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What is the best diet?

I’m sure you’ve heard from many of the diets above and we’re sure you’ve heard plenty of good things, maybe even bad, but why are there so many and what's the best diet? This is a trick question because there isn’t one, let us explain.

As you see in elite level sport, it takes all shapes and sizes to be at the top of the game such as the body of a marathon runner probably wouldn’t be all that successful when thrown into the middle of a sumo wrestling contest. For this reason there’s no individual training plan that we can hand out to each athlete as they walk through our door, so when it comes to Nutrition, why would it be any different? Without delving too deeply into the genetics of the human body, we have 3 different body types (see if you can work out which one you are).

I Types (Ectomorphs) Are usually skinny, don’t build muscle easily, built with a light frame and they’re quite fidgety. I Types will generally burn through energy much quicker than other body types and adding carbohydrates to their diet seems to be a good fit. We’ll talk more about this in later chapters but for now take the time to discover the basics and build from here.

V Types (Mesomorphs) Are generally quite lean and find it easier to build muscle. Their bone mass sits right in the middle of the 3 body types and any excess calories go toward building muscle, dense bones and strong connective tissue. You would expect to find a V Type participating in sports such as soccer, wrestling or even hockey players where the athlete combines all round strength, speed and agility.

O Types (Endomorphs) O Types have a larger bone structure and are often carrying a higher body mass and fat mass. An O Type doesn’t tend to burn calories in the same way an I Type would and therefor any unburnt calories are stored as fat.

So by simply taking the time to read through these different body types, you’ll notice that whilst we’re all human, we’re not necessarily built to function in the same way. Here are just a few things that we need to think about when we consider the “best" diet for a client/ ourselves.

Financial Situation: Not everyone is a CEO of a big bank and therefor money has to be treated as if it’s gold. There would be no point in us telling our client to buy only organic vegetables and only the premium meats (which is out of reach for a large portion of the population) when we’re talking to a student or a mother/ father of 5 children, it’s completely out of reach so therefor, this won’t work for them.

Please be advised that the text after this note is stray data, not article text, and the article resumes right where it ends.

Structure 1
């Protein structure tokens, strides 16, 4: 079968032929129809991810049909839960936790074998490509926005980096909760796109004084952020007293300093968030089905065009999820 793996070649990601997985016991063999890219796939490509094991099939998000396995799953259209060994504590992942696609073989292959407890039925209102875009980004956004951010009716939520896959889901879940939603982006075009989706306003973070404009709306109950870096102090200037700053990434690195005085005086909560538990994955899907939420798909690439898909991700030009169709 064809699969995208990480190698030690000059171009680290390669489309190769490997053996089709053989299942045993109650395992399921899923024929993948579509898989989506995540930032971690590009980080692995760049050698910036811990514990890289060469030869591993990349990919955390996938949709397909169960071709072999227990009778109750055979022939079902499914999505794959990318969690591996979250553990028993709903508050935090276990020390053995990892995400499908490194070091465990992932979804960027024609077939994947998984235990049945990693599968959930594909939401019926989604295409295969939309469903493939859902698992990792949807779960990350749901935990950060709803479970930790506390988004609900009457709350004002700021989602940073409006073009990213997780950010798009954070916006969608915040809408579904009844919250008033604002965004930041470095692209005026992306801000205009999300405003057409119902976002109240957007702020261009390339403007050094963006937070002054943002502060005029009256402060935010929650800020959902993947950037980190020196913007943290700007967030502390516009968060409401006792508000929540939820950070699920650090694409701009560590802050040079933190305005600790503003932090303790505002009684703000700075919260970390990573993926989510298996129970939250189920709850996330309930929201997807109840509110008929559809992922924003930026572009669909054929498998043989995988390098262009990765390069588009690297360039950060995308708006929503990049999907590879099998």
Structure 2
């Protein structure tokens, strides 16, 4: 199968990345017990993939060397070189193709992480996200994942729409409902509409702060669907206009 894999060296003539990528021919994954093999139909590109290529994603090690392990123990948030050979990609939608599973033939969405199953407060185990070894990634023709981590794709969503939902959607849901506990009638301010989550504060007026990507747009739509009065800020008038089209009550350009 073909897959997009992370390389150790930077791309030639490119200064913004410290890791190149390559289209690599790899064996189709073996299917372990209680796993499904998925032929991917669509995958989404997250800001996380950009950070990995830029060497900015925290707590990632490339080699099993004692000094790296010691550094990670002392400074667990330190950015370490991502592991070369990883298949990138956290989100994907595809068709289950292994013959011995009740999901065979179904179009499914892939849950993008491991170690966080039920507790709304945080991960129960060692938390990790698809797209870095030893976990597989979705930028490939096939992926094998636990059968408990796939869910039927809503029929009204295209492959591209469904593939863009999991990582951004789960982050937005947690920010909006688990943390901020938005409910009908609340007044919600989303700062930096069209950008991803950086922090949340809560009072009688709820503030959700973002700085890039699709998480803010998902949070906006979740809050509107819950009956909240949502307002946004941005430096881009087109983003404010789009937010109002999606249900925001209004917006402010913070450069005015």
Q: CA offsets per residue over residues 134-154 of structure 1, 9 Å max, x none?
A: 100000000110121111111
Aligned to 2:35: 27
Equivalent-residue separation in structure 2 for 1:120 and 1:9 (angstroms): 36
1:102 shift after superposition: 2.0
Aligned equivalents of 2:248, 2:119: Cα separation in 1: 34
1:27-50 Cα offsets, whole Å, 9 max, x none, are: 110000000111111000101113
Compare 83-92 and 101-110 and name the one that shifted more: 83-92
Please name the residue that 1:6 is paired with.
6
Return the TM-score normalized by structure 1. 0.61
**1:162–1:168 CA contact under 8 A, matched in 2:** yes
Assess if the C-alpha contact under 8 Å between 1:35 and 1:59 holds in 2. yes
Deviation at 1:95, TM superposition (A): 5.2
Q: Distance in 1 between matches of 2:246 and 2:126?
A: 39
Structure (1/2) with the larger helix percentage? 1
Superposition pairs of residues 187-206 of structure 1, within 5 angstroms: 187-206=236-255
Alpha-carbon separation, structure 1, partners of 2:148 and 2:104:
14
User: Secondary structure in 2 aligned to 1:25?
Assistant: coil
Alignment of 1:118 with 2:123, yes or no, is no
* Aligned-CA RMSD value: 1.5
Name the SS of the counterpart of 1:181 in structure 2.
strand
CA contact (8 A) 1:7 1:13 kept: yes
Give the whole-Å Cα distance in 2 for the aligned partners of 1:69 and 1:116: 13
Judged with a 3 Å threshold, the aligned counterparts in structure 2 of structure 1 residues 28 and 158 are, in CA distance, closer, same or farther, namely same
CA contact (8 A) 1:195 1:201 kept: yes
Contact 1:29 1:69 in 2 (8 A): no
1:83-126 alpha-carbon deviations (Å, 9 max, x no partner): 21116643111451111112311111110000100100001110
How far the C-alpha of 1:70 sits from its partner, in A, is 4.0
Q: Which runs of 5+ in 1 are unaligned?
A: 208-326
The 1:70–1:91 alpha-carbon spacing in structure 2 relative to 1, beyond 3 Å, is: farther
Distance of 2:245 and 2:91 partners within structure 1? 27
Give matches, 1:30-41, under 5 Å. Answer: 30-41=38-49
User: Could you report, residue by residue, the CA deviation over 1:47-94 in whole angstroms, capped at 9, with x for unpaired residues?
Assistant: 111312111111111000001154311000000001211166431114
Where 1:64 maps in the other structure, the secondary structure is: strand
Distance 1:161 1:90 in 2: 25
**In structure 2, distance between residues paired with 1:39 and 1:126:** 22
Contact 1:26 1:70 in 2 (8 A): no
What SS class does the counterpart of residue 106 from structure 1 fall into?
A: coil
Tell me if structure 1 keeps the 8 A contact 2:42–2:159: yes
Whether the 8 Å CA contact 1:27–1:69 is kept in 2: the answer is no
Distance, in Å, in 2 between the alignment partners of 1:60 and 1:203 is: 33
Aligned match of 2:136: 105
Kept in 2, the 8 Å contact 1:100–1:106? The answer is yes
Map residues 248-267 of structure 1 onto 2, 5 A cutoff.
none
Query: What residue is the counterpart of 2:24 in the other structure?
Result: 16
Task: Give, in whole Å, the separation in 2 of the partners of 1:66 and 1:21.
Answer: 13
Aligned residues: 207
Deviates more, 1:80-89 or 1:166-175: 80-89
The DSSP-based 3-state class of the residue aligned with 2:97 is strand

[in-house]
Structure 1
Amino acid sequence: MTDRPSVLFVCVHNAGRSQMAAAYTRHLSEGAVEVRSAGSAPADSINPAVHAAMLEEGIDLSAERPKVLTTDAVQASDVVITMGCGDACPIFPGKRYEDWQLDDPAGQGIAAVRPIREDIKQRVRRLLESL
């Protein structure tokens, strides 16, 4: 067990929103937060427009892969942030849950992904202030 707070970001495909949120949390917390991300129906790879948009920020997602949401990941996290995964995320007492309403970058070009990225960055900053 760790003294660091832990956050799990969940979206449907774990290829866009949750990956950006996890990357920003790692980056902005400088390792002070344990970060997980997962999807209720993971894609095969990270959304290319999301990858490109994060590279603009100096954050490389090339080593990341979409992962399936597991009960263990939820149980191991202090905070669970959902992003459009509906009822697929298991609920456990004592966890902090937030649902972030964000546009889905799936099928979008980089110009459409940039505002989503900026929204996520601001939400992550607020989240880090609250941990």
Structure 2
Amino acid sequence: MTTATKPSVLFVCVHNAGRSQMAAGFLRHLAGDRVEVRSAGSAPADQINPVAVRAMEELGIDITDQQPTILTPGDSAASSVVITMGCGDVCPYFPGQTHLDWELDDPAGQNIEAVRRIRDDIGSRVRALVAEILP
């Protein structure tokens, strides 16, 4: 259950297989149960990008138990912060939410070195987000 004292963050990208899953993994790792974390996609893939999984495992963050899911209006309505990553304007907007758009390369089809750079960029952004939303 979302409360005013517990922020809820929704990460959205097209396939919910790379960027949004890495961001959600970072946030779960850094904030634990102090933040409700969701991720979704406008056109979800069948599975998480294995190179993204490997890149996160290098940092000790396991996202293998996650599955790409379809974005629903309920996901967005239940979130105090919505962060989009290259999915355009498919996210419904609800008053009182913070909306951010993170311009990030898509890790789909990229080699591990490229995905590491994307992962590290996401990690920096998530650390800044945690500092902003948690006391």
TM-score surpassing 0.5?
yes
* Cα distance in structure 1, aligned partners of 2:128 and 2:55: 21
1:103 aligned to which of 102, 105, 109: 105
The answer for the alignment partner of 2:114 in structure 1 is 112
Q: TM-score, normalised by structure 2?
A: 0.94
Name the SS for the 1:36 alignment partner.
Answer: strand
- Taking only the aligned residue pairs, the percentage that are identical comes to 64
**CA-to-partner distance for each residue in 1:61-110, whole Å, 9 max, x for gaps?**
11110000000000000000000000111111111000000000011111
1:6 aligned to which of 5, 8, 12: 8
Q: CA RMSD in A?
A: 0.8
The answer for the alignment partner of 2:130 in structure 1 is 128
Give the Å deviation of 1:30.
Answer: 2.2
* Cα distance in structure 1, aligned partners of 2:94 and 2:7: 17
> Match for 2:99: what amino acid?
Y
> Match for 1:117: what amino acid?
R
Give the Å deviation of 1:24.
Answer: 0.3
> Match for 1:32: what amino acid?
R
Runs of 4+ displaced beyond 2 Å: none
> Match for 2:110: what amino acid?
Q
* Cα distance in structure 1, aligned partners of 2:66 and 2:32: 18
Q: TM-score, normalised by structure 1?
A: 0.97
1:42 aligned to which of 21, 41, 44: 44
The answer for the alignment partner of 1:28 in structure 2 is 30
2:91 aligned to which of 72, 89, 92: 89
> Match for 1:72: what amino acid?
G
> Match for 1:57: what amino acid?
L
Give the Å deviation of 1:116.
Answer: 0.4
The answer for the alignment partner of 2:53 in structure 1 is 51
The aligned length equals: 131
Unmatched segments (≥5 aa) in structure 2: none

Time: We live in a very busy world, food can be bought on any corner where it will only cost you $10 and 5 minutes of your time. Coming home after a long day at work only to have another hour in the kitchen is most likely the last thing you want to do, so preparing our client a list of meals that require preparation and cooking time not to mention the time spent in the supermarket may simply not work for them either.

And whilst we have plenty more reasons why there is no such thing as the best diet, we’ll finish with this one.

Age: Yep, whilst most of us are trying to hide from the fact that we’re getting older (we are) our body hasn’t let it go unnoticed. Things change, we hold onto fat in places that we never had before, our metabolism slows down and it takes time for us to realise that we’re not as young as we used to be. Over time we may not tolerate our favourite “go to” foods and we need to start experimenting with new foods in order to find what works best for us.

So there you have it. There’s no such thing as the perfect diet (sorry to dangle the carrot) due to the different body types, different requirements and due to our lifestyles, one diet may work for your partner but not for you.

Keep reading through the preceding chapters to find out more about the human body, what makes us tick and to find out if there’s anything that can be done to change our genetics.

Justin Beard Pn1


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